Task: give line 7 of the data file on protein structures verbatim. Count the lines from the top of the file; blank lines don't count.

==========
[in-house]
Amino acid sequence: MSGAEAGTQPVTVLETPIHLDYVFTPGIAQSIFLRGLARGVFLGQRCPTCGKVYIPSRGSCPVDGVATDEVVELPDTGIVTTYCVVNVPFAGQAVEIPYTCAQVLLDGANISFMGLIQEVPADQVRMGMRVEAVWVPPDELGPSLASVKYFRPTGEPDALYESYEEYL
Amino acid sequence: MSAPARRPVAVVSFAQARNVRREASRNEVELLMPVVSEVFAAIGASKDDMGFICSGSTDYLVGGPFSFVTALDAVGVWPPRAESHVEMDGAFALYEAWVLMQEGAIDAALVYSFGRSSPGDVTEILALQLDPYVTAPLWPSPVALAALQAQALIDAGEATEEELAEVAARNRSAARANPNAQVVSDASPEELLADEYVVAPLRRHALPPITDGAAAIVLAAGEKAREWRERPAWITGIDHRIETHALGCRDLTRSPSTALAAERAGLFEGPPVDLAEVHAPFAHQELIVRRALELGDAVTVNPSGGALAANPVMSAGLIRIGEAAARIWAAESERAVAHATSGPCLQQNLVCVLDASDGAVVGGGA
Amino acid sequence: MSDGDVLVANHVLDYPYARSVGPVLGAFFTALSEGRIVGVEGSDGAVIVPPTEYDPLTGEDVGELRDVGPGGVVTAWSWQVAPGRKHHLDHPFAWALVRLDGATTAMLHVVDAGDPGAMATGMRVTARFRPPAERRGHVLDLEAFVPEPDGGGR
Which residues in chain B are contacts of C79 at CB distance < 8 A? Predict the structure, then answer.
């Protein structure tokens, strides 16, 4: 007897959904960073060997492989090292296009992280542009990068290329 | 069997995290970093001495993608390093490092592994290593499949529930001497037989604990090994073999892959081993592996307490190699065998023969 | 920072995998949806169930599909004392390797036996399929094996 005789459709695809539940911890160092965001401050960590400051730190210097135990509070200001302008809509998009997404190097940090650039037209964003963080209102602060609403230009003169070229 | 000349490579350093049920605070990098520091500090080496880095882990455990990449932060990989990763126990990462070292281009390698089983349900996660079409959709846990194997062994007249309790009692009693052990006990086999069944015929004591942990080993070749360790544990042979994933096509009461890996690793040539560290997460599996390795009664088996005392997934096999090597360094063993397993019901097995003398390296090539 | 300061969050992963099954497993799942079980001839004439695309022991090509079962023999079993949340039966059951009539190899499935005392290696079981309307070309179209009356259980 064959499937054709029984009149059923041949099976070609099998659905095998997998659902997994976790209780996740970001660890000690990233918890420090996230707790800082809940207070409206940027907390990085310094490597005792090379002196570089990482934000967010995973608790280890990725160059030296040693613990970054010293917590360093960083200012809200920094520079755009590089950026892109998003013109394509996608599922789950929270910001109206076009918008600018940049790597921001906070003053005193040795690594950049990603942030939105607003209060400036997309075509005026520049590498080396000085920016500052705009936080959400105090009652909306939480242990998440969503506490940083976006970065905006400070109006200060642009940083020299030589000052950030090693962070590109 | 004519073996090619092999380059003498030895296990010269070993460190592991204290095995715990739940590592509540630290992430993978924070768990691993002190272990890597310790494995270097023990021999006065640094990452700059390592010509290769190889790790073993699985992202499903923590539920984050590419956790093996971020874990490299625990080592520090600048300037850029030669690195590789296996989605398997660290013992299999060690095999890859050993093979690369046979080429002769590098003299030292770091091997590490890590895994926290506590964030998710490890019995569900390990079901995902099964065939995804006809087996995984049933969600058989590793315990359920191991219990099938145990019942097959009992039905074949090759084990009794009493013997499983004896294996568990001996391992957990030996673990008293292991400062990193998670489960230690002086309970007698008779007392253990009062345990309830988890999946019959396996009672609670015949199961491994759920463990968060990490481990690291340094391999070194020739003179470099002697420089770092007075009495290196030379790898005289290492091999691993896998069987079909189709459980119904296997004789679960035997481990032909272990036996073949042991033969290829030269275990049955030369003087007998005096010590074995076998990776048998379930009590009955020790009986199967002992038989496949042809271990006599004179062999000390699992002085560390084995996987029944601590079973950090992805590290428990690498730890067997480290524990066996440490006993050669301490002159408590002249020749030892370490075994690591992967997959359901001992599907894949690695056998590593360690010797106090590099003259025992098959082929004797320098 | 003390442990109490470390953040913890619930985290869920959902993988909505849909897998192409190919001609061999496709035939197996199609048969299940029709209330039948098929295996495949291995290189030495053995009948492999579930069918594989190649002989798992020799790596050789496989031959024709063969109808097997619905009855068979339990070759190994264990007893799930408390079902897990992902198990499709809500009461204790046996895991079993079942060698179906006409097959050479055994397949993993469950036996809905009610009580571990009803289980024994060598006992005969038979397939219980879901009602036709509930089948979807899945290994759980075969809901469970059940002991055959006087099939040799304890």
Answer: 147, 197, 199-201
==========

Answer: 147, 197, 199-201